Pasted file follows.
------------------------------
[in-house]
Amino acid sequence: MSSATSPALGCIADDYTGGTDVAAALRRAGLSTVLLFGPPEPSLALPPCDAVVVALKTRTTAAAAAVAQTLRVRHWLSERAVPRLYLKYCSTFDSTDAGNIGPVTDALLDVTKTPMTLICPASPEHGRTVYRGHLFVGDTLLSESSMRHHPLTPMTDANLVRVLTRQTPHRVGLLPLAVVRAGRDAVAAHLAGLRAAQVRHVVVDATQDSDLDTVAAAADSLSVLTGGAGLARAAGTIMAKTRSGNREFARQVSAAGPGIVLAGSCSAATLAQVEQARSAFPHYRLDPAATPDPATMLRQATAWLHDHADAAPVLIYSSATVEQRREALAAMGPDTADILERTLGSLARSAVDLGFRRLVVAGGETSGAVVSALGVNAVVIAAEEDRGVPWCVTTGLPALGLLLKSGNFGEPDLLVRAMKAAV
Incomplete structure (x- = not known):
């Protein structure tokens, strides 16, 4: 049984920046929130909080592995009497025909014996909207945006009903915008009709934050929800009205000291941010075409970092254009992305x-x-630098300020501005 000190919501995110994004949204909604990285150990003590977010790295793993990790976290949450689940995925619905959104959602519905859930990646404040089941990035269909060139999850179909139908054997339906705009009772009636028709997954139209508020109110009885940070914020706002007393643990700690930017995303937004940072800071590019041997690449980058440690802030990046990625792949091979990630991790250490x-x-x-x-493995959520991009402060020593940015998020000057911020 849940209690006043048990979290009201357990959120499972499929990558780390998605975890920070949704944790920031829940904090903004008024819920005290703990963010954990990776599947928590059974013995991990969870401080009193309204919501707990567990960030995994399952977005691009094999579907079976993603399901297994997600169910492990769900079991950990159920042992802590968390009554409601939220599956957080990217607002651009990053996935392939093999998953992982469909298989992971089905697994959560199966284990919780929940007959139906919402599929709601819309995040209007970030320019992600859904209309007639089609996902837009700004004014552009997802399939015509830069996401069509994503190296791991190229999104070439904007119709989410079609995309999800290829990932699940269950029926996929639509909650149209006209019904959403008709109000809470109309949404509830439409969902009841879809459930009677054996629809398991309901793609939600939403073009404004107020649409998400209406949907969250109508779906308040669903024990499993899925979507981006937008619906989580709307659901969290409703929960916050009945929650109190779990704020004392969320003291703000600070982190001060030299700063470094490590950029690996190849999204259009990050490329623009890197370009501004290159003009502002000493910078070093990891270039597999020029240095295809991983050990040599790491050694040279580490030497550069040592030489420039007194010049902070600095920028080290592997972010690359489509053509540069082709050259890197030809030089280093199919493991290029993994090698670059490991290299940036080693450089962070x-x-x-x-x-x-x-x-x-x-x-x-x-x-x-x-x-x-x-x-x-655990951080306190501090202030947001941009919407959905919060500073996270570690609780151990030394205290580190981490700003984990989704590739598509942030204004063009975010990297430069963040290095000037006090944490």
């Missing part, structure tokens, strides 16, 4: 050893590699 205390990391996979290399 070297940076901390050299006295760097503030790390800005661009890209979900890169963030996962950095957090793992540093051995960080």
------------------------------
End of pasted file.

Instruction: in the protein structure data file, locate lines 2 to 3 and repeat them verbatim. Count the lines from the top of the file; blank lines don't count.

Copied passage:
Amino acid sequence: MSSATSPALGCIADDYTGGTDVAAALRRAGLSTVLLFGPPEPSLALPPCDAVVVALKTRTTAAAAAVAQTLRVRHWLSERAVPRLYLKYCSTFDSTDAGNIGPVTDALLDVTKTPMTLICPASPEHGRTVYRGHLFVGDTLLSESSMRHHPLTPMTDANLVRVLTRQTPHRVGLLPLAVVRAGRDAVAAHLAGLRAAQVRHVVVDATQDSDLDTVAAAADSLSVLTGGAGLARAAGTIMAKTRSGNREFARQVSAAGPGIVLAGSCSAATLAQVEQARSAFPHYRLDPAATPDPATMLRQATAWLHDHADAAPVLIYSSATVEQRREALAAMGPDTADILERTLGSLARSAVDLGFRRLVVAGGETSGAVVSALGVNAVVIAAEEDRGVPWCVTTGLPALGLLLKSGNFGEPDLLVRAMKAAV
Incomplete structure (x- = not known):